Romney’s governance of Massachusetts was marked by being pragmatic rather than ideological. He left a track record of reaching across the aisle. Similarly, Romney’s energy plan focuses on the pragmatic.
In a Forbes artcle, Mark Mills says that Romney’s plan:
Has a shot at succeeding because it reflects technology reality…. His goals appear focused on practical technologies. If ever there were an age that needed a practical President, it is ours. Romney’s plan reflects three indisputable facts. First, hydrocarbons supply 85 percent of what America and the rest of the world consumes, a share that will change little for decades to come based on every credible forecast including our own Department of Energy. Second, hydrocarbons are where the vast majority of current and future energy-related jobs reside. And third, the most important technology progress in energy has occurred with hydrocarbons, making them more abundant, affordable and greener…. Romney also proposes forging an energy alliance with Canada and Mexico, where our collective hydrocarbons resources are some five-fold greater than that of the Middle East.
If North America develops more energy clout than the Middle East, we could see a serious economic dividend and peace dividend, a prospect that seems pretty attractive.
And Romney’s plan also includes facilitating private-sector-led development of new technologies.
Overall, it seems like a plan that a thoughtful moderate could consider supporting.
Artur Davis, formerly a Democratic Representative from Alabama, spoke at the Republican National Convention this year. In 2008, he gave a speech at the Democratic National Convention seconding Obama’s nomination. And he was a co-chair of Obama’s national campaign in 2008. But this year, he attended the Republican National Convention to support Romney.
Davis spoke of his reasons for changing allegiance and challenged Democrats and independents to compare the two candidates and decide which one better measures up to their vision of America.
Do you know why so many of us believed [in Obama in 2008]? We led with our hearts and our dreams that we could be more inclusive than America had ever been, and no candidate had ever spoken so beautifully. But dreams meet daybreak. The jobless know what I mean, so [do] the families who wonder how this Administration could wreck a recovery for three years and counting…. Remember, my friends, the President saying of negative politics and untrue ads, “Not this time?” Who knew “not this time” just meant “not unless the economy is stuck and we can’t run on our record?” Remember when the President said of his own election this was the moment when the rise of the oceans began to slow and our planet began to heal? Who knew the plain English version of it was, “Middle America, get ready to shell out 60 bucks to fill up your car?”… So, this time, in the name of 23 million of our children and parents and brothers and sisters who are officially unemployed, underemployed, or who have stopped looking for work, let’s put the poetry aside, let’s suspend the hype, let’s come down to earth and start creating jobs again. This time, instead of moving oceans and healing planets, let’s pay our bills down and pay down the debt … so we control our own future. And, of course, we know that opportunity lies outside the reach of some of our people. We don’t need flowery words about inequality to tell us that, and we don’t need a party that has led — while poverty and hunger rose to record levels — to give us lectures about suffering…. Bill Clinton, Jack Kennedy, and Lyndon Johnson reached across the aisle and said, “Meet me in the middle,” but their party rammed through a healthcare bill that took over one-sixth of our economy without accepting a single Republican idea, without winning a single vote in either house from a party whose constituents make up half of this country…. This is the dawn before we remember who we are. So, may it be said of this time in our history: 2008 to 2011, lesson learned. 2012, mistake corrected.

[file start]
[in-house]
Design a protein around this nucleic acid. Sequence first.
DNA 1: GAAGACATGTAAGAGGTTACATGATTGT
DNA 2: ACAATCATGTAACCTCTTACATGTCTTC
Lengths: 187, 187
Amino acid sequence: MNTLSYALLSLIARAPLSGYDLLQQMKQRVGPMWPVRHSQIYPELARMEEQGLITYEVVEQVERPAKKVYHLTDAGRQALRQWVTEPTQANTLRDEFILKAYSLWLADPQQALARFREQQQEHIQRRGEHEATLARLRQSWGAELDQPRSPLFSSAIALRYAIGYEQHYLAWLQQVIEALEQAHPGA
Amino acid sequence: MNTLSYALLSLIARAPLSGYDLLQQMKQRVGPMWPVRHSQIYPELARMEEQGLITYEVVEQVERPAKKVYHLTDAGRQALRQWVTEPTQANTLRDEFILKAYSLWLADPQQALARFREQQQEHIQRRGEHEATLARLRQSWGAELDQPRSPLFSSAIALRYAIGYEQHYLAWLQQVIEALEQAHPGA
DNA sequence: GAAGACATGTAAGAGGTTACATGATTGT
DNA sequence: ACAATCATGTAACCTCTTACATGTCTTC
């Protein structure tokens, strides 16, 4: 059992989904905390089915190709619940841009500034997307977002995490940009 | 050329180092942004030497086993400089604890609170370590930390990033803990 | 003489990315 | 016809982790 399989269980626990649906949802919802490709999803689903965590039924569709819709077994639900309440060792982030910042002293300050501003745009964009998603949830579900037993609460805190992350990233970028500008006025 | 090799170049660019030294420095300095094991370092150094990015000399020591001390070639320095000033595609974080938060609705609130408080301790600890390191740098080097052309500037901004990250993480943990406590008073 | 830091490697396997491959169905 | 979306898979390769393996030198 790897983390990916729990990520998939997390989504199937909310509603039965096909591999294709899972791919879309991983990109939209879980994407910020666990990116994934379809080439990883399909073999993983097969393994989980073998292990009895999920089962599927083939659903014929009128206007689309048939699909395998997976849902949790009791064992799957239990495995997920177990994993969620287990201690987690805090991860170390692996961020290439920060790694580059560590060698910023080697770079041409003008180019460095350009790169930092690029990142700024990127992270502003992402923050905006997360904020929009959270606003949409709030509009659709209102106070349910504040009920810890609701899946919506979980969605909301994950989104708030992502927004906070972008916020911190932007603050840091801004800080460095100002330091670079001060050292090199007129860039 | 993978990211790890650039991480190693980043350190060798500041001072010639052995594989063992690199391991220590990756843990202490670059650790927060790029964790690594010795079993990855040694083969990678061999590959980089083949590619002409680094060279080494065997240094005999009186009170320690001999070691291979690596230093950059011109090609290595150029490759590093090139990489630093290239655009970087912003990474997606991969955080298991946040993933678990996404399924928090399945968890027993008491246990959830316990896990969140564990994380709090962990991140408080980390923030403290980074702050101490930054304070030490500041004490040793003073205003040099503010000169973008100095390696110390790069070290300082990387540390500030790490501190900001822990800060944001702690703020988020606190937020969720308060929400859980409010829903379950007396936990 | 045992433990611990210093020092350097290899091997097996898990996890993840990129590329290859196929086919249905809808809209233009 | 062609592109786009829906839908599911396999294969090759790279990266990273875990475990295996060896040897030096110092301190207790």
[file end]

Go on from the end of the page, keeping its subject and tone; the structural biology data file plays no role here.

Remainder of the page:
If the man who seconded Obama’s nomination has come out in support of Romney, it may be worthwhile for Democrats and independents to evaluate Obama’s promises and his track record and decide if there is a better source for hope and change.
My previous blog entry commented on our national government being broken. With that background, what would be more appealing than a leader with a proven track record as a problem solver? Let’s take a look at Romney’s ability to solve problems in several different arenas.
1. Bain Capital problem solving – Romney’s firm specialized in seeking out troubled companies and turning them around. One of Romney’s detractors, a former member of Obama’s administration, gave a positive review of Romney’s record at Bain Capital:
Overall, Bain Capital’s record was extraordinary, among the best in the business…. Of course, a number of its early stage investments failed. That is the nature of venture capital — an industry not unlike baseball in that a .300 batting average can be an excellent performance. But who can quarrel with an investment firm trying to nurture and finance young companies? The story of the private equity business is somewhat more complicated. Almost by definition, a private equity investment is made with the hope of improving the profitability of the “portfolio company”…. Bain had less than its share of bankruptcies, but it had a few — it appears four — that are particularly troubling…. Let’s be sure to keep these few problem children in perspective. During the Romney years, Bain made 77 significant investments — and a number of smaller ones. It made billions for worthy investors and, yes, doubtless created some incalculable number of net new jobs for the U.S. economy.